7. THAT I obliged, by providing transport to a Mr Kingfat Mangani, the driver, who was in charge of the vehicle to Thyolo Police Station.

8. THAT upon arrival I was told to leave the driver, as the Police wanted to interrogate him further on the incident.

9. THAT subsequently I received a letter from Thyolo Police, dated 2nd November 2005 advising us that upon thorough investigations, the Police found no evidence to implicate Mr Mangani in the matter.

He added that he reported the matter to Police because he could not believe it that fuel in a tanker could be taken out unmetered. He said he wanted the Police to assist the defendant on getting the truth. The witness stated that upon receipt of an order for fuel, the tanker is loaded with fuel using a meter. It is then sealed. Delivery is done through a meter which would detect any shortfall if it existed. The seals remain intact.

In cross-examination, Mr Sokosa indicated that he reported the matter to the one who was second in command at the Police Station. He could not remember the name of the officer who requested Mr Sokosa to take the plaintiff to Thyolo Police Station. He indicated that no police witnesses would be called to give evidence in this matter, but that he would rely on the statement that was recorded from him at Thyolo Police Station and other witnesses. No such statement was tendered in evidence. He admitted that he was the one who took the plaintiff from Blantyre to Thyolo Police Station and reported to the police. He admitted that on his return to Blantyre, he was alone because the plaintiff had been left at Thyolo Police Station. The witness indicated that he had not brought his police statement because he thought his lawyer would collect it. He denied making a charge against the plaintiff. In re-examination the witness said that it was the Police who asked him to leave the plaintiff behind with a view to carry out further investigations into the matter.

The second defendant’s witness was Atupele Kandoje who adopted his witness statement as follows: -

5. THAT while following the said person, we came across a stationary Caltex Tanker.

6. THAT beside the tanker were two men with 25 litres cans one full of petrol and a siphon.

7. THAT Sergeant Makidadi asked the two as to what they were up to.

8. THAT one of the persons, who I later learnt was the driver of the Caltex tanker by the name Kingfat Mangani responded that he merely wanted some money for fanta.

9. He later was apologetic to the sergeant and insisted on resolving the matter with the sergeant on spot.

10 THAT we stayed on site for almost 30 minutes with the Police Officer and myself insisting that Mr Mangani and friend be taken to the Station.

11 THAT later the two succumbed. They loaded the cans, siphons in tanker accompanied by Sergeant Makidadi and Phalira.

12 THAT the other three officers and the one who was suspected to have stolen our door boarded our car which was leading the way while the tanker trailed us.

13. THAT to our surprise when we reached Mbandaga Estate, the tanker could not be spotted. I ordered our driver to stop.

14. After 10 minutes the tanker reappeared, overtook us and parked in front.

15. THAT Sergeant Makidadi and Phalira disembarked from the tanker, the tanker drove off and the two sergeants boarded our vehicle.

16. I immediately quizzed the two sergeants as to what had happened and all they said was that they had asked the driver of the tanker and the buyer of petroleum to report to the Station at a later stage.

17. I reported the incident to the Group General Manager of Kasembereka Tea Estate.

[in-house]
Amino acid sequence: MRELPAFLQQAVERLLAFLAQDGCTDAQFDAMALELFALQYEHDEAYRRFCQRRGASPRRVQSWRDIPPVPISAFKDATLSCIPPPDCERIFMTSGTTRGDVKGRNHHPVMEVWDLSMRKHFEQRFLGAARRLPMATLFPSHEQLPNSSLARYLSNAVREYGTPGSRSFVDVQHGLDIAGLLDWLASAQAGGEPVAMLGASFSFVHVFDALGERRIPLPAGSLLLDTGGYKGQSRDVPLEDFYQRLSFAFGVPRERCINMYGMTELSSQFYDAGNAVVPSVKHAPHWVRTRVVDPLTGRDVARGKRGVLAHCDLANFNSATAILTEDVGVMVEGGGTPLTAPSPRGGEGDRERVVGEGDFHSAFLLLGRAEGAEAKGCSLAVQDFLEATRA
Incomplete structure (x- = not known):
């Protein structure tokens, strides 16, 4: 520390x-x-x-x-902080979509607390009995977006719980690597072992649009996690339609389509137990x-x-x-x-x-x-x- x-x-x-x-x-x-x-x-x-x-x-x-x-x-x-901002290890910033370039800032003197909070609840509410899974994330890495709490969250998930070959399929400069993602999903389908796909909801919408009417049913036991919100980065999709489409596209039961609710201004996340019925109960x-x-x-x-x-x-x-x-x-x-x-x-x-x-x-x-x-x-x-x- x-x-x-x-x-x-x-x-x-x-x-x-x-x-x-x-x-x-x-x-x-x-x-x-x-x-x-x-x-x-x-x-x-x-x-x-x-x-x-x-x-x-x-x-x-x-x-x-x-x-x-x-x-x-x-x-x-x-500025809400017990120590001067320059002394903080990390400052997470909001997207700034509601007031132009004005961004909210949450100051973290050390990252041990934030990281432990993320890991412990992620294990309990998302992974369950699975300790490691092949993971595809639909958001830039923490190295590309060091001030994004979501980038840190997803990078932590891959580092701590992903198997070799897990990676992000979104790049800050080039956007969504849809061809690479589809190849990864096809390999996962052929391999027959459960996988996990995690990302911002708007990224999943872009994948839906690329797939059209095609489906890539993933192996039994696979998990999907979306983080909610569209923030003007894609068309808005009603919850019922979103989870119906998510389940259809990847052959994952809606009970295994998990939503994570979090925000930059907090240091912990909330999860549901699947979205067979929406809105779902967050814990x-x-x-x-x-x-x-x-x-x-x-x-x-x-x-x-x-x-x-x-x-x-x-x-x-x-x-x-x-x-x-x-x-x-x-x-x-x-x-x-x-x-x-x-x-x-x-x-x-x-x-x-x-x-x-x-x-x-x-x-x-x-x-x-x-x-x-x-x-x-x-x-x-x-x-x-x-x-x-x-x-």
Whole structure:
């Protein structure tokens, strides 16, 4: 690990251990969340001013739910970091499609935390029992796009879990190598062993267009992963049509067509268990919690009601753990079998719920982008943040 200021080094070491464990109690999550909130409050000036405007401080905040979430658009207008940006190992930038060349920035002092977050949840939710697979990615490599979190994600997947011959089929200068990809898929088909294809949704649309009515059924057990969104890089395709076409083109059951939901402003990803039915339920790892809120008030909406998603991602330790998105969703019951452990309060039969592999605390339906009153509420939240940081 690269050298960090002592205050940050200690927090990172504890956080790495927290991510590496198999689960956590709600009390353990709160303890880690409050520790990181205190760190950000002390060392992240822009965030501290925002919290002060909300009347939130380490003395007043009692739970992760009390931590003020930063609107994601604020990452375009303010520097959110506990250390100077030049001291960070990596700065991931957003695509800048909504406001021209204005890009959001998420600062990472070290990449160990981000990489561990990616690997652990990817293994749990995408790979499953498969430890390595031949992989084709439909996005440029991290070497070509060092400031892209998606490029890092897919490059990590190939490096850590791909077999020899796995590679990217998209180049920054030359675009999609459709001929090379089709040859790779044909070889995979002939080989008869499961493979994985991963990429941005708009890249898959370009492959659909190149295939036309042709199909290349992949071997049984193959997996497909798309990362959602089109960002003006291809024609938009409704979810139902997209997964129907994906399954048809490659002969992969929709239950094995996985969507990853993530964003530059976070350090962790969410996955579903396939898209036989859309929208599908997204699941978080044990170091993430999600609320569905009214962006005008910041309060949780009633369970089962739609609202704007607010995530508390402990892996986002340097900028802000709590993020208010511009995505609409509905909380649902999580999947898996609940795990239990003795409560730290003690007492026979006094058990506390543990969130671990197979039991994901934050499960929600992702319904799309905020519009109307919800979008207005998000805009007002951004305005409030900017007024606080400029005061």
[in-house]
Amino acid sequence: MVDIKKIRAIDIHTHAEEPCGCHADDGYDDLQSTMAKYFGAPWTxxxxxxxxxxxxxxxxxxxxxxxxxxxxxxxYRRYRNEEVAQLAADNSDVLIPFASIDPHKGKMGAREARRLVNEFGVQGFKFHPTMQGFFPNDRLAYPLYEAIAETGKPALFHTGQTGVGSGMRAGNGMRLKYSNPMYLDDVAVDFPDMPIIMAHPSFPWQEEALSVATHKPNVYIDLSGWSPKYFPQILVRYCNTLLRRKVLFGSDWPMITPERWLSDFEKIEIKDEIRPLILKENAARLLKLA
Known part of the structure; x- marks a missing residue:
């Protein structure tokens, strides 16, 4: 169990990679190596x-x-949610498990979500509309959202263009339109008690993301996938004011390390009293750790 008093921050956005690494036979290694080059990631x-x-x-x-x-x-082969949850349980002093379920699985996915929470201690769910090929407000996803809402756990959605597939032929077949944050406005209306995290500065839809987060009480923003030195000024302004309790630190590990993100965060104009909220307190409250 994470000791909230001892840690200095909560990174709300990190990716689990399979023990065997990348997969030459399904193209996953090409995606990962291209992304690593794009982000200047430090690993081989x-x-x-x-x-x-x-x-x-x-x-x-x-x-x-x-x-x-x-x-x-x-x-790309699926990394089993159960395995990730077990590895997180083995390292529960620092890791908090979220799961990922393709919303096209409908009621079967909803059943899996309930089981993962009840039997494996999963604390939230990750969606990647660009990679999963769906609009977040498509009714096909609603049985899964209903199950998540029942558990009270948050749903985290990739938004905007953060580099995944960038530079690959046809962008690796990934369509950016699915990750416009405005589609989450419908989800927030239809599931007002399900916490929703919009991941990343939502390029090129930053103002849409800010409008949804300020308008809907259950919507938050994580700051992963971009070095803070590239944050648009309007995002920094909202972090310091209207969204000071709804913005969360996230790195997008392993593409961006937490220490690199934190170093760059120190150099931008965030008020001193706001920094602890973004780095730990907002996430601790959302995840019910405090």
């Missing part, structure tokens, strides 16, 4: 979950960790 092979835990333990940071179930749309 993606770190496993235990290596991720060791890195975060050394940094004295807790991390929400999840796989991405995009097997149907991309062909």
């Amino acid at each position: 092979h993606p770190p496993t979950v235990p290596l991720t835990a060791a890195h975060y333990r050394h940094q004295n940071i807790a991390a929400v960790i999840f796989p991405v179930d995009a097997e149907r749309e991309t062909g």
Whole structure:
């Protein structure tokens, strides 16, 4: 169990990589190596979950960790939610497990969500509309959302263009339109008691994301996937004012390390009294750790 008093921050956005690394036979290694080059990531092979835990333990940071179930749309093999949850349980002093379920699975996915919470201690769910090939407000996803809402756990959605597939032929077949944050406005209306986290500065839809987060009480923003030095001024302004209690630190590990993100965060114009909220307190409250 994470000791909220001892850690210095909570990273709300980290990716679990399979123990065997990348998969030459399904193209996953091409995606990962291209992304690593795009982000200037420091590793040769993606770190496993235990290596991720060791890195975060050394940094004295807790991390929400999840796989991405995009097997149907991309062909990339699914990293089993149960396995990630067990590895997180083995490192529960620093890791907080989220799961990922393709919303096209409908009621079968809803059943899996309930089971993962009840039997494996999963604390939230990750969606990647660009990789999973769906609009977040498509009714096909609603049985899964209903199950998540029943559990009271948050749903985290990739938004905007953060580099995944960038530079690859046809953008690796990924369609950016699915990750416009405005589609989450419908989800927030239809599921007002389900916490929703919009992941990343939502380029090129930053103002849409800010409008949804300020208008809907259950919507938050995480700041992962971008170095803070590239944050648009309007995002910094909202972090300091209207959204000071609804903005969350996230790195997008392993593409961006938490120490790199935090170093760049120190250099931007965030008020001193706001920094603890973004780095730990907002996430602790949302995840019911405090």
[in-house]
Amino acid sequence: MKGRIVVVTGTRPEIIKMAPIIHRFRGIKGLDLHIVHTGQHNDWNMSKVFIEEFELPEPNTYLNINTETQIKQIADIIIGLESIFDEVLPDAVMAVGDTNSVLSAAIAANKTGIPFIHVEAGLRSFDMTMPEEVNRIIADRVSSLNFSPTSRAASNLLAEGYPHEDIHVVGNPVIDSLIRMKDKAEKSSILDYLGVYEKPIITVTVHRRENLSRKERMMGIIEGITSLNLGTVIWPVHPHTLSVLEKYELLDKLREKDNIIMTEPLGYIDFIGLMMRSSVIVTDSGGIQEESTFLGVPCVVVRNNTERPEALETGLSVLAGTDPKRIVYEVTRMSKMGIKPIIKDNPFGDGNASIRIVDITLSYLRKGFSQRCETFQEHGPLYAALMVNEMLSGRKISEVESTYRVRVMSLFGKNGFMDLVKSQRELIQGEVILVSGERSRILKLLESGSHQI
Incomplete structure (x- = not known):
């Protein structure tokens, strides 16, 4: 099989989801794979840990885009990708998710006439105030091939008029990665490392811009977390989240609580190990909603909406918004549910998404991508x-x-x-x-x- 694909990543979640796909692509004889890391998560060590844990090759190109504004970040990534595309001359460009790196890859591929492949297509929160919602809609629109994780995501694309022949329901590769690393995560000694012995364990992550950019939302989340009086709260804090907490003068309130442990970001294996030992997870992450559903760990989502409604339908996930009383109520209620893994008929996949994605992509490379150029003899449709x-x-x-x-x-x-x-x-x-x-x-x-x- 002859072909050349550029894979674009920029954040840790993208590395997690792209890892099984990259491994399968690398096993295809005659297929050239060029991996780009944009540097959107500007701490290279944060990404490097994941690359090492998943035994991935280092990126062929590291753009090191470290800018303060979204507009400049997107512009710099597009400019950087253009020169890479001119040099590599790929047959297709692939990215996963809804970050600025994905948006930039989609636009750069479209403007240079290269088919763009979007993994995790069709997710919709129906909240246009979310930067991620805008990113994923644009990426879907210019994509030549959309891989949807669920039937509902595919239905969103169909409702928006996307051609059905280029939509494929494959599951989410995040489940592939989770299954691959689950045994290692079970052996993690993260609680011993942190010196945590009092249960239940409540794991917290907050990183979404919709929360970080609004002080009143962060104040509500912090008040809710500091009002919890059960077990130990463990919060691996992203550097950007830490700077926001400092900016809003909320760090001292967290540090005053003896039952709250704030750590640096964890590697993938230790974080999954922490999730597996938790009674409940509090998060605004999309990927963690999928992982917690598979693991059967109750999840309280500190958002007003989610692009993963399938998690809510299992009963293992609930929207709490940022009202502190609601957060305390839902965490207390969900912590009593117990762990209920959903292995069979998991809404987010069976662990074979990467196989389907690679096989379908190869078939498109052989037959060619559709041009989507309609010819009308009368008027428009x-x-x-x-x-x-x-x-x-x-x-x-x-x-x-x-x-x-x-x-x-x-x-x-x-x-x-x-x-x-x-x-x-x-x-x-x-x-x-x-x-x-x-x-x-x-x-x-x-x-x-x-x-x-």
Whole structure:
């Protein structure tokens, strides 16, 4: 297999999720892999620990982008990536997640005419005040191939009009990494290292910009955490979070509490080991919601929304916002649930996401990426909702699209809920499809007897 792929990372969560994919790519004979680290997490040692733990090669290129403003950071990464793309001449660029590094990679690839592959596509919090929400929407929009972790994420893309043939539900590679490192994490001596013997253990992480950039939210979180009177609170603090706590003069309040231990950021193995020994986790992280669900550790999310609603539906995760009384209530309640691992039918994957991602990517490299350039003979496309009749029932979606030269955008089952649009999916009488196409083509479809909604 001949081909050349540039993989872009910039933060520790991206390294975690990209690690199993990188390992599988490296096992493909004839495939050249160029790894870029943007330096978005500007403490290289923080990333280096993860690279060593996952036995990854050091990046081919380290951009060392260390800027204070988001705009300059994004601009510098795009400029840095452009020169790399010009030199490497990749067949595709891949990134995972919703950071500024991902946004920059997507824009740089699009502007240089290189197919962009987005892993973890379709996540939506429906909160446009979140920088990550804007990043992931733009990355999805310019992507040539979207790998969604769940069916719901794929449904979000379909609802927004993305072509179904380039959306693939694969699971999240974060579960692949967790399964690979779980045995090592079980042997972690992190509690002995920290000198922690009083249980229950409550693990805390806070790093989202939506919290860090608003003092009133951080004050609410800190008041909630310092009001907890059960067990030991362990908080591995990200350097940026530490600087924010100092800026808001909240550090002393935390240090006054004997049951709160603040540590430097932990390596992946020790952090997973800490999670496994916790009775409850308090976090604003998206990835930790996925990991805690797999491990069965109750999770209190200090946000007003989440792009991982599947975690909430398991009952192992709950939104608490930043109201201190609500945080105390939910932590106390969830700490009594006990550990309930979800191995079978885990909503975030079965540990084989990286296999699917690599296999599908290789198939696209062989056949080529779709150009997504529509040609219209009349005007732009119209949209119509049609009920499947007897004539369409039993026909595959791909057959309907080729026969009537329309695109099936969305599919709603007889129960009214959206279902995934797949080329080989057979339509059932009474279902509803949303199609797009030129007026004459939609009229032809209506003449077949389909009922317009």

18. In October 2005, I was taken to Thyolo Police Station where I gave a Statement as stated above.

In cross-examination Mr Kandoje could not remember the date in October 2005 when he was taken to Thyolo Police Station to give his statement. He contradicted himself when he stated that he was taken to Thyolo Police Station by CID Officers and immediately said he found these CID Officers right there at the Police Station. He confessed that he could not differentiate between a police vehicle and a privately owned vehicle. When asked if he was telling the truth he appeared confused.

The last witness was George Kaipsa, who adopted his witness statement which reads as follows: -

  1. THAT I stay at Kasembereka Trading Centre in Thyolo.

3. THAT near my house is a maize mill. And on several occasions I have seen vehicles for World Food Programme and Caltex Tankers selling petroleum products to the owner of the maize mill.

4. THAT around September 2005 while I was at home, there was noise near my house. I went out only to see two policemen who took Jasiten Unyolo but he later came back.

5. THAT later in the same month two policemen came, called Jasiten Unyolo and after some minutes Jasiten removed cans and siphons from his house and hid them in the maize mill.

6. THAT 30 minutes later, Caltex vehicle came with policemen, searched Jasiten’s house, took Jasiten and left.

7. THAT after two days Jasiten was released.

There was no cross-examination and that marked the end of the evidence. Both counsel undertook to give supplementary written submissions for which I express my gratitude.


(i) False imprisonment

False imprisonment is complete deprivation of liberty for any time, however short, without lawful cause. It is the infliction of unauthorized bodily restraint without lawful justification. It is not a matter of bars and bolts but any form of unlawful restraint might turn out to be false imprisonment.

“Imprisonment is no other thing but the restraint of a man’s liberty, whether it be in the open field or in the stocks or in the cage, in the streets or in a man’s house, as well as in the common goal; and in all places the party so restrained is said to be a prisoner as long as he hath not his liberty freely to go at all times to all places whither he will without fail or main prise otherwise. See – Chiumia vs Southern Bottlers Ltd – Civil Cause Number 797 of 1989 (unreported); Namasasu vs Wood Industries Corporation Limited (WICO) and others (1997) 1 MLR 162 at page 173; Termes delaley 1520, approved in Bird vs Jones (1845) 7 QB 742 and by Duke and Atkin LLJ in Meering vs Grahame-White Aviation Co. (1919) 122 LT 44; Clerk and Lindsell on Torts 17th Ed (1995) at page 592. and Winfield and Jolowicz on Tort 14th Edition (1994) at page 63.